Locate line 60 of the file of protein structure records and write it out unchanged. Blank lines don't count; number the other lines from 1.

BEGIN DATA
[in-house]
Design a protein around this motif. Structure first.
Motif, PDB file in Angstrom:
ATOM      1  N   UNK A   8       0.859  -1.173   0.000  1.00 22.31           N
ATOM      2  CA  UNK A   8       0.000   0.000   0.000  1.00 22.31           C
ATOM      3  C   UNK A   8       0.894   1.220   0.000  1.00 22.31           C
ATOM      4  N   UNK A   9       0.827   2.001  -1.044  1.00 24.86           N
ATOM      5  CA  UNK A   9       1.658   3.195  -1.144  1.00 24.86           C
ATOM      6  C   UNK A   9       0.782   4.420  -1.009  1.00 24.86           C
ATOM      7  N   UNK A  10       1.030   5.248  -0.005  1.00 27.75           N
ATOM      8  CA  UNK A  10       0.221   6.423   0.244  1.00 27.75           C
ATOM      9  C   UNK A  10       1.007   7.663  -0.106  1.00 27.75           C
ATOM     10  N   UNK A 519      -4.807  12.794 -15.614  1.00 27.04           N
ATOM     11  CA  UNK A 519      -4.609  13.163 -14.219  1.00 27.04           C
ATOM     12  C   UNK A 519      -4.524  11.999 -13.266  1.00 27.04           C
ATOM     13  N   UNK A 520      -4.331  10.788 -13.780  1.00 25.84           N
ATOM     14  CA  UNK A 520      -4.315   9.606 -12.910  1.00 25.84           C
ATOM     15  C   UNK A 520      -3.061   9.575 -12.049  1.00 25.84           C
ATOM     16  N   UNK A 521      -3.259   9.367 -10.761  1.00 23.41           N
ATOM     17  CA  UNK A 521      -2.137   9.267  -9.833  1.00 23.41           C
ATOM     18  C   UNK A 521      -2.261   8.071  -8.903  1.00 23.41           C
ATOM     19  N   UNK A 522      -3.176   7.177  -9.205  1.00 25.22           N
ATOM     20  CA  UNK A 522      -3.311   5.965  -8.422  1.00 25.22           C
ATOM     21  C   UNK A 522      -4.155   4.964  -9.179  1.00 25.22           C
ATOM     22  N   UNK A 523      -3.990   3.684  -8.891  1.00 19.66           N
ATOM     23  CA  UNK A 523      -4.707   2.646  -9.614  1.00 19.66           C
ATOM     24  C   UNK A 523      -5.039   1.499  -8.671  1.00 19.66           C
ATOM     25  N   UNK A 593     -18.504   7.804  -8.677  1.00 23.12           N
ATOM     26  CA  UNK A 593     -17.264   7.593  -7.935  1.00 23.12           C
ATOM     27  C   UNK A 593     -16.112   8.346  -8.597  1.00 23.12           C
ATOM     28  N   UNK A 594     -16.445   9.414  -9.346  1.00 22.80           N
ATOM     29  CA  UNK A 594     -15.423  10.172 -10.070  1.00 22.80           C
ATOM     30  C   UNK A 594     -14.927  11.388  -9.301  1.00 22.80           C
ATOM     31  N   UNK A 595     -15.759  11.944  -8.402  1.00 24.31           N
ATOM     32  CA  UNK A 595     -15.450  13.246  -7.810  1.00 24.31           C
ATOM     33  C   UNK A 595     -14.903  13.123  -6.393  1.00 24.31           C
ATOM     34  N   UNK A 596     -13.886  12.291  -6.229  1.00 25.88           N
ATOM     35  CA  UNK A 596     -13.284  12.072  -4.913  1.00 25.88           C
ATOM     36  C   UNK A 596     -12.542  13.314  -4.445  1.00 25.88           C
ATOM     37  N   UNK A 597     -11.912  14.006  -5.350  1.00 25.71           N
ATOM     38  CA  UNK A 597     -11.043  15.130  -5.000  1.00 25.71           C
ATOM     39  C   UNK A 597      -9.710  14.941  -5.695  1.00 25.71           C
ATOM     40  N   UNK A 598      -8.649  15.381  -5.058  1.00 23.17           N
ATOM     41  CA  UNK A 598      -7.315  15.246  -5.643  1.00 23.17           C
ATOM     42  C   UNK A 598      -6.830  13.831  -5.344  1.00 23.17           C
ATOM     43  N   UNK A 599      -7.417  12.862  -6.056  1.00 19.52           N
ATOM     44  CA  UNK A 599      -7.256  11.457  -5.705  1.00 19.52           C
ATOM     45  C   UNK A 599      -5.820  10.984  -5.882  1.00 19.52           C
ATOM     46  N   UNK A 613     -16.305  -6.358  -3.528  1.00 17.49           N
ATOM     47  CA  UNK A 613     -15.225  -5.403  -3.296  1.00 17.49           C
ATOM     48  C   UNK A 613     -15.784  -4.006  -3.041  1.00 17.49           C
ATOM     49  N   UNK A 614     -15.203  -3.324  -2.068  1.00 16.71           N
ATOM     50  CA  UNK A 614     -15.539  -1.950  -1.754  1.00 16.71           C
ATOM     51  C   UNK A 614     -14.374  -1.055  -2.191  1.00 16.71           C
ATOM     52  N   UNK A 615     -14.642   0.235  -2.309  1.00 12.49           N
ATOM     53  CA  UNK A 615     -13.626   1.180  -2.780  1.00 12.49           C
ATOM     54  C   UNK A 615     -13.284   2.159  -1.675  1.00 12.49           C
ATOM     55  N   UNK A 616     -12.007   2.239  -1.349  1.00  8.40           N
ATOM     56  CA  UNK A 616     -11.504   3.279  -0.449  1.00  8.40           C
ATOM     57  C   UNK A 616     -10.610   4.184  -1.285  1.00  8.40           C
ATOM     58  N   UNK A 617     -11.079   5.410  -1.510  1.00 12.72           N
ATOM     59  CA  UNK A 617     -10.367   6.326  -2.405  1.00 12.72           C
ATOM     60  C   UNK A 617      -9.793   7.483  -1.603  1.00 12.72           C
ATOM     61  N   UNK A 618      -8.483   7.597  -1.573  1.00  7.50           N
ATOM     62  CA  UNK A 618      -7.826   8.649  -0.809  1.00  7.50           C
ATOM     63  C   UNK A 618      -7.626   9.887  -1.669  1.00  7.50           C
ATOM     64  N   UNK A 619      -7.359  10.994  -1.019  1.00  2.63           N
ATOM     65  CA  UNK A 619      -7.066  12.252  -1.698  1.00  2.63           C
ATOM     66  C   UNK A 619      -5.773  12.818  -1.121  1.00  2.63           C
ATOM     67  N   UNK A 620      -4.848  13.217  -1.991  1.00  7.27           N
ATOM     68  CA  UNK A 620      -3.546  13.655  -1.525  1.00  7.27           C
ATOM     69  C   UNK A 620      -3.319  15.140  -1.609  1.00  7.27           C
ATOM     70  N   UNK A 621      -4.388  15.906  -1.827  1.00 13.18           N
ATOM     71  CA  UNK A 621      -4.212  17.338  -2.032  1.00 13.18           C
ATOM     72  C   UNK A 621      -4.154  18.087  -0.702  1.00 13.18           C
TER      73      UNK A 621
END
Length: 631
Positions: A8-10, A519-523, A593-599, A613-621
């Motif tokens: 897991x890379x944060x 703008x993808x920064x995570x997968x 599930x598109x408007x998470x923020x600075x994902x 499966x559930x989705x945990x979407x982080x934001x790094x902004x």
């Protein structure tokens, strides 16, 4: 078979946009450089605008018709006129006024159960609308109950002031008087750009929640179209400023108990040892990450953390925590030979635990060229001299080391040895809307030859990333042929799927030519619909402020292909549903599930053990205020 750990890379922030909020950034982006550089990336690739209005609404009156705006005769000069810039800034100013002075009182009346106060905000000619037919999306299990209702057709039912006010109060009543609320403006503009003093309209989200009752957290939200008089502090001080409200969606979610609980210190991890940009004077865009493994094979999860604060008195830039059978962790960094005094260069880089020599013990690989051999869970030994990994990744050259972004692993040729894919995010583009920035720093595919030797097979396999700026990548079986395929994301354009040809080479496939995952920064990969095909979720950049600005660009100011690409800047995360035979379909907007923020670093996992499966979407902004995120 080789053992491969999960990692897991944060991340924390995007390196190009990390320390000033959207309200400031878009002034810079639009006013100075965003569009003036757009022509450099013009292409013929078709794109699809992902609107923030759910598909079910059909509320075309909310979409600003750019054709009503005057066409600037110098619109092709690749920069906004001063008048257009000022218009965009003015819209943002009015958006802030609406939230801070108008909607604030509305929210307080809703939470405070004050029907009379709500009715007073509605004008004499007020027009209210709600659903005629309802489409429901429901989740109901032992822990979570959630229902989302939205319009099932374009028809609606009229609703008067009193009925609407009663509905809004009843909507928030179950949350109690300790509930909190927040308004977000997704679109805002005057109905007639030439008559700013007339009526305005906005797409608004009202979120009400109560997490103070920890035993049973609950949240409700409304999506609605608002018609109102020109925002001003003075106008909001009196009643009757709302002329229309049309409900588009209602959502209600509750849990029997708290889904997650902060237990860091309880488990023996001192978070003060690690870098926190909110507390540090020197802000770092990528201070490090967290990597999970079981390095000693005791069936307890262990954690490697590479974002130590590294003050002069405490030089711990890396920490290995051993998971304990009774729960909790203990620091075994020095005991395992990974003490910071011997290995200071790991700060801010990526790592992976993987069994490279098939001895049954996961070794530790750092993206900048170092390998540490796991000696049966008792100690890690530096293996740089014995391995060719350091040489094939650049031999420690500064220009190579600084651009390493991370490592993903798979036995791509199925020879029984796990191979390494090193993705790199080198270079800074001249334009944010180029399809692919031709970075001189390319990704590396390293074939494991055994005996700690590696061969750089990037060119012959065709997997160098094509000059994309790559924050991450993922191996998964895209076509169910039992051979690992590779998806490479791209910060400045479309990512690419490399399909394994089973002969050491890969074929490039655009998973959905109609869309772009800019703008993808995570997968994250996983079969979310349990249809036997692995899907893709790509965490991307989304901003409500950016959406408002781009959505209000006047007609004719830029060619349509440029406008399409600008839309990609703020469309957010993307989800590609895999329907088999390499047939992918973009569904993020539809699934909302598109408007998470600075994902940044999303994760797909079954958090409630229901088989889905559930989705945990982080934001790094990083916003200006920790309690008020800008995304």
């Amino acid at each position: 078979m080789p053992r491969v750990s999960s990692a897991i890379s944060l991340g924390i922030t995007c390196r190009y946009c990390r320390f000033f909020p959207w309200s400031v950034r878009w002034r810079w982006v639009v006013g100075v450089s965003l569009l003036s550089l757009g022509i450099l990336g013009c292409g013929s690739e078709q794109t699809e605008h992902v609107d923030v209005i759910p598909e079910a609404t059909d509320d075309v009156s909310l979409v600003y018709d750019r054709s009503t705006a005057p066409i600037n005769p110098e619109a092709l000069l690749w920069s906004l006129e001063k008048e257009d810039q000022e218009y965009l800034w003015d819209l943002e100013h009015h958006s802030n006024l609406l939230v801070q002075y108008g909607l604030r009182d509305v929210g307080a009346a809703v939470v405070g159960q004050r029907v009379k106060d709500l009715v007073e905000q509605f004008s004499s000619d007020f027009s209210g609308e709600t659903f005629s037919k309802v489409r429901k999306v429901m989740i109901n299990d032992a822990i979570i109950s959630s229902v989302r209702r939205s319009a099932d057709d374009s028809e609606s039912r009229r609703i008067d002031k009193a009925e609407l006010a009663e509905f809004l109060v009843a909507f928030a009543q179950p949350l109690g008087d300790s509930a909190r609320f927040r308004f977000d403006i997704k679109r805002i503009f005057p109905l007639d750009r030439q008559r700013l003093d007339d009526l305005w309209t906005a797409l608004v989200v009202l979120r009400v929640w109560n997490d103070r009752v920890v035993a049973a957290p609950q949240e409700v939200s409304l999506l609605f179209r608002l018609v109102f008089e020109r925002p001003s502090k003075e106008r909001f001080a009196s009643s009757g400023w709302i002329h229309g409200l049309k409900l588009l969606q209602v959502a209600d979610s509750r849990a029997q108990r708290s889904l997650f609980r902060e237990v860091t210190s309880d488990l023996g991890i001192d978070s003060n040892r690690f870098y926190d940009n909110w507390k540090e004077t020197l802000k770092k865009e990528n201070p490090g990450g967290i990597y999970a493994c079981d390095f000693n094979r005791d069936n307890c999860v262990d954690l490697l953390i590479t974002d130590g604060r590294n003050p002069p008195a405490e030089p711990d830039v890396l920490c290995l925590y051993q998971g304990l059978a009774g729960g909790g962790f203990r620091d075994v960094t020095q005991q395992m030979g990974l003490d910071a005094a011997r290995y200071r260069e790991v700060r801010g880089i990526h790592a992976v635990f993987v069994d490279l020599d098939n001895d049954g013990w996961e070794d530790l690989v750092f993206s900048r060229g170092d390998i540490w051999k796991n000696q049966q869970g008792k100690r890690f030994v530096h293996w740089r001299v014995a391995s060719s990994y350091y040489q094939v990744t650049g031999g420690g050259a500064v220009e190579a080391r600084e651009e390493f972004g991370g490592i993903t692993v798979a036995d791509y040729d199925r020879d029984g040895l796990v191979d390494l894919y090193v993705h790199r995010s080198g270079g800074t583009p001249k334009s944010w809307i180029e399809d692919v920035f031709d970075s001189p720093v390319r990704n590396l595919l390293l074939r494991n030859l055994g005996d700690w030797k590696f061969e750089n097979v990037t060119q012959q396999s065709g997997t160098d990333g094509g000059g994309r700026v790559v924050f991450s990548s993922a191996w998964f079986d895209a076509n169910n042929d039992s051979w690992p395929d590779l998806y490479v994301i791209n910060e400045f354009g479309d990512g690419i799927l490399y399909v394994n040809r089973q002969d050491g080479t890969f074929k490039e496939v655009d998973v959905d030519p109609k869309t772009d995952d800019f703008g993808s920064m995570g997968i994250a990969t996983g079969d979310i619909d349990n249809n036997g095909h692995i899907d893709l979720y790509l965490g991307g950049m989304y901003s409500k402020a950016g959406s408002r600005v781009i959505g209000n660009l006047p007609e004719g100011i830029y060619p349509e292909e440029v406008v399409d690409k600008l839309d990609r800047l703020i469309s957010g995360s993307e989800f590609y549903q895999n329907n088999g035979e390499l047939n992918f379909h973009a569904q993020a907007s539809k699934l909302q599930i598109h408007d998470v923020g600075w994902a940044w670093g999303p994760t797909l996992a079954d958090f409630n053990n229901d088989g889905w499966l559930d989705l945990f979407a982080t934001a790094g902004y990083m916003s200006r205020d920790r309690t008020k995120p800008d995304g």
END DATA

ATOM     57  C   UNK A 616     -10.610   4.184  -1.285  1.00  8.40           C